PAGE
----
Let me preface this review with the following:
1) Born and raised in the American Southwest, where Mexican influence reigns supreme in the Grand Canyon State, I was spoilt for choice with an abundance of mouth-watering and tantalising flavours of real Mexican cuisine. I have extremely high standards.
2) I am open-minded; however, I prefer dining in independent local restaurants versus faceless chain restaurants. I will try anything once, as long as it doesn’t kill me.
3) Every Mexican restaurant I have been to in this fair country, which claims to be authentic or original, has been utterly disappointing; even a joke at times.
During an outing with a couple of friends, they suggested Chiquito in Springfield Quay. Alarm bells were ringing after stepping into this “Original” Mexican Grill and Bar. After perusing the menu of “Authentic” Mexican food, I tried my hardest not to whinge. Burgers, ribs, pasta and fish & chips?! Cajun, jambalaya, pesto and hoisin sauce?! Seriously, in a Mexican restaurant claiming to be original and authentic?
After critiquing the menu, I reluctantly ordered the spicy chicken burrito, and my boyfriend had the Cajun beef chimichangas.
Served in a terra cotta bowl, my spicy chicken burrito was hot out of the oven. As my knife sliced through the oven-crisp flour tortilla, steam escaped out of the burrito. After a few bites, I concluded the following:
- Chicken was a dry and bland
- Chicken and salsa lacked kick and flavour
I sampled the boyfriend’s hefty serving of Cajun beef chimichangas. As they say, things taste better when they are fried! It is rumoured to have been first created in my home state, by accidentally dropping a burrito into a deep fryer. Chiquito’s attempt of the chimichanga is noted, because of the nice flaky tortilla. However, after a forkful of the “Cajun” beef, I was underwhelmed by the flavour and dry slow-cooked meat. The Cajun flavour was nowhere near to the Louisiana cuisine I have enjoyed. It lacked the flavour of the holy trinity (bell pepper, onion and celery) and hints of bay leaf, parsley, green onions and cayenne pepper. I was disappointed in this Cajun-Mexican fusion.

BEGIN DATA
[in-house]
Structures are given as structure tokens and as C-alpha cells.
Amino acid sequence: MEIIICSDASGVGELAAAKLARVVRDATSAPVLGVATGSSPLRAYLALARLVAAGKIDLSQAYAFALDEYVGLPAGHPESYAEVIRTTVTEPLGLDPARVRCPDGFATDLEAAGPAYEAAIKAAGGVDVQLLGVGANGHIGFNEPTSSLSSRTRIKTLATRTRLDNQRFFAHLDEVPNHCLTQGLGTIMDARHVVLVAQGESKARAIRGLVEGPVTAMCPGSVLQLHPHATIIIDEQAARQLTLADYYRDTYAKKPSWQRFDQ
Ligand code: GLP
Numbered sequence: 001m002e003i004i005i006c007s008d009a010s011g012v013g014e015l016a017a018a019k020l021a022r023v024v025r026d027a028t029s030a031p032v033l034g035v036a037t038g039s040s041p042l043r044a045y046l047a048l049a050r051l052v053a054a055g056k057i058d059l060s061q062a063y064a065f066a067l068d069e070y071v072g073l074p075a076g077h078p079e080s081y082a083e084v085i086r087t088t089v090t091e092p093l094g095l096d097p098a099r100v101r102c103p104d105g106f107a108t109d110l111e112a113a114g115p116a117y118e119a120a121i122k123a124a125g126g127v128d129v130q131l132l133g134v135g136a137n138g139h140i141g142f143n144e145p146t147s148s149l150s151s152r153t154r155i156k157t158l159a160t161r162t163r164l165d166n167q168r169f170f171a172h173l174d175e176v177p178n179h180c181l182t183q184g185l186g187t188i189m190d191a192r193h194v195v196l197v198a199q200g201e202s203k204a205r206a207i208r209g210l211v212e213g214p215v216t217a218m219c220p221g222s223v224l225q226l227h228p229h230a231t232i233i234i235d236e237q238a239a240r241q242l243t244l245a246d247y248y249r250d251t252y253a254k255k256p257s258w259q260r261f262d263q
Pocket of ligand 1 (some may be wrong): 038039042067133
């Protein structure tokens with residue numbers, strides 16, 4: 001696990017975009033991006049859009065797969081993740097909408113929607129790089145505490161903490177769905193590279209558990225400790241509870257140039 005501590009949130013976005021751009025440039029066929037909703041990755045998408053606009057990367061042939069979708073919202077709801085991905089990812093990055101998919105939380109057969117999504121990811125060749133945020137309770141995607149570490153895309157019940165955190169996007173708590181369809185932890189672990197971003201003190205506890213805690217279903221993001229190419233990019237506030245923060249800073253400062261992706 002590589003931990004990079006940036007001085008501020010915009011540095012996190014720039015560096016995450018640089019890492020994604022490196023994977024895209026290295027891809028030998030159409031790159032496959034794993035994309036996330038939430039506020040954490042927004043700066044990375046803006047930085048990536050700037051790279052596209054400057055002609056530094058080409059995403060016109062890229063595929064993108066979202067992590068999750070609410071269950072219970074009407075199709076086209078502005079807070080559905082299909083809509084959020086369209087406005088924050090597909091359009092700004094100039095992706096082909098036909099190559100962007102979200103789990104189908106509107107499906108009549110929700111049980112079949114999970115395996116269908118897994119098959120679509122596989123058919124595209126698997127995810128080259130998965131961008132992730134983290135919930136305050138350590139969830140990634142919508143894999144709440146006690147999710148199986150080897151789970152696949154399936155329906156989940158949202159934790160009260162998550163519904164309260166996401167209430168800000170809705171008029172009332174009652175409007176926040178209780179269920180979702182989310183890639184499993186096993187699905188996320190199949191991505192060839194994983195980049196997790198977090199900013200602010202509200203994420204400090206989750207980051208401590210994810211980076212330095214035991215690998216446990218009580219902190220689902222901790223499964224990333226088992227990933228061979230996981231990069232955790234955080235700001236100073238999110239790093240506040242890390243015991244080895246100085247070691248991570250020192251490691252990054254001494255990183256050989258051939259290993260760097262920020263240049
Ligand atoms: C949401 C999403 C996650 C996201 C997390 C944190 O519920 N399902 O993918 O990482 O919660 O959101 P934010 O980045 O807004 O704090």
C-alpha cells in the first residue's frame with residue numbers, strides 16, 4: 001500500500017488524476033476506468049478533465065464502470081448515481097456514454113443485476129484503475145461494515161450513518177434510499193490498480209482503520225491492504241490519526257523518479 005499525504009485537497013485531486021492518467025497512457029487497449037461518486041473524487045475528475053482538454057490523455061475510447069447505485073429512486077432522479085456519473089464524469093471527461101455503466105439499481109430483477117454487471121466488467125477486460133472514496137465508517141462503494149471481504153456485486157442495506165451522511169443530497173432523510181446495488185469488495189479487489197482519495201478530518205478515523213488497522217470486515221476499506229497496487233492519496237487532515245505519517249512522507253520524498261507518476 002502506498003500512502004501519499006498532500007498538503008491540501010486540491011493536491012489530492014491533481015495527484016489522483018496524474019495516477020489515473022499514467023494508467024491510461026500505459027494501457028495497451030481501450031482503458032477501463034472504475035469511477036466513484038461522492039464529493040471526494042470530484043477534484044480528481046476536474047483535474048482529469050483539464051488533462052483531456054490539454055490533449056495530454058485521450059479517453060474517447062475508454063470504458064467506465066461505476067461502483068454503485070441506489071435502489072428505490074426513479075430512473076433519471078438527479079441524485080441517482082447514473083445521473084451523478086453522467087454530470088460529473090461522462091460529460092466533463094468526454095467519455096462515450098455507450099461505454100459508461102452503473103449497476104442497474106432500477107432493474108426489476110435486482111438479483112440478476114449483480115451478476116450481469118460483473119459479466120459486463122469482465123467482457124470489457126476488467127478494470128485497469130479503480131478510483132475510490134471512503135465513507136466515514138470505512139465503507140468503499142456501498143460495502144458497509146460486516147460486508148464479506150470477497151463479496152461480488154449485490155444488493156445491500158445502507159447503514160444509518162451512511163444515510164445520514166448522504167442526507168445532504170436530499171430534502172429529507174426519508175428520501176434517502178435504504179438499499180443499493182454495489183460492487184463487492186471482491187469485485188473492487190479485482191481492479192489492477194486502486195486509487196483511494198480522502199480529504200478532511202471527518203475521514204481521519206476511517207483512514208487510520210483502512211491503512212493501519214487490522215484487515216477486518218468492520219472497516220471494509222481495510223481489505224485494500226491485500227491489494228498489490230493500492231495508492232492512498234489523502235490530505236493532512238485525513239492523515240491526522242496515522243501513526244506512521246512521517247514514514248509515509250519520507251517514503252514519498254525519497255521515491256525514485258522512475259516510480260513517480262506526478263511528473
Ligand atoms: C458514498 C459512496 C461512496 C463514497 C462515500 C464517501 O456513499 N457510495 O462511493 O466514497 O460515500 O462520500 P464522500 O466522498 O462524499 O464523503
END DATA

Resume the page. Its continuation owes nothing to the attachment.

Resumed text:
Overall, the food was mediocre and underwhelming. However, Britons and locals seem to enjoy it (they are a national chain after all). Though I cannot call myself a Chiquito fan, it might be suitable for those who are unfamiliar with the true intoxicating flavours of Mexican cuisine. The service was pleasant and efficient, no complaints there. Lastly, the price; let’s put it this way: the uninspiring chicken burrito cost £10, whereas in Arizona you can easily get a burrito of better (authentic) quality and taste WITH sides of rice and beans for under £4. Mexican cuisine is very down-to-earth, incorporating inexpensive ingredients, but result is fantastic flavours that make my mouth and tummy sing. Therefore, I find it hard to pay double or triple the prices back in Arizona. Glasgow (or the UK for that matter) is definitely no cradle for Mexican delicacies. So when I’m in dire need of Mexican, I will stick to making it myself compliments of my trusty tortilla press and spices shipped over from little Mexico.
Telephone: 0141 420 4050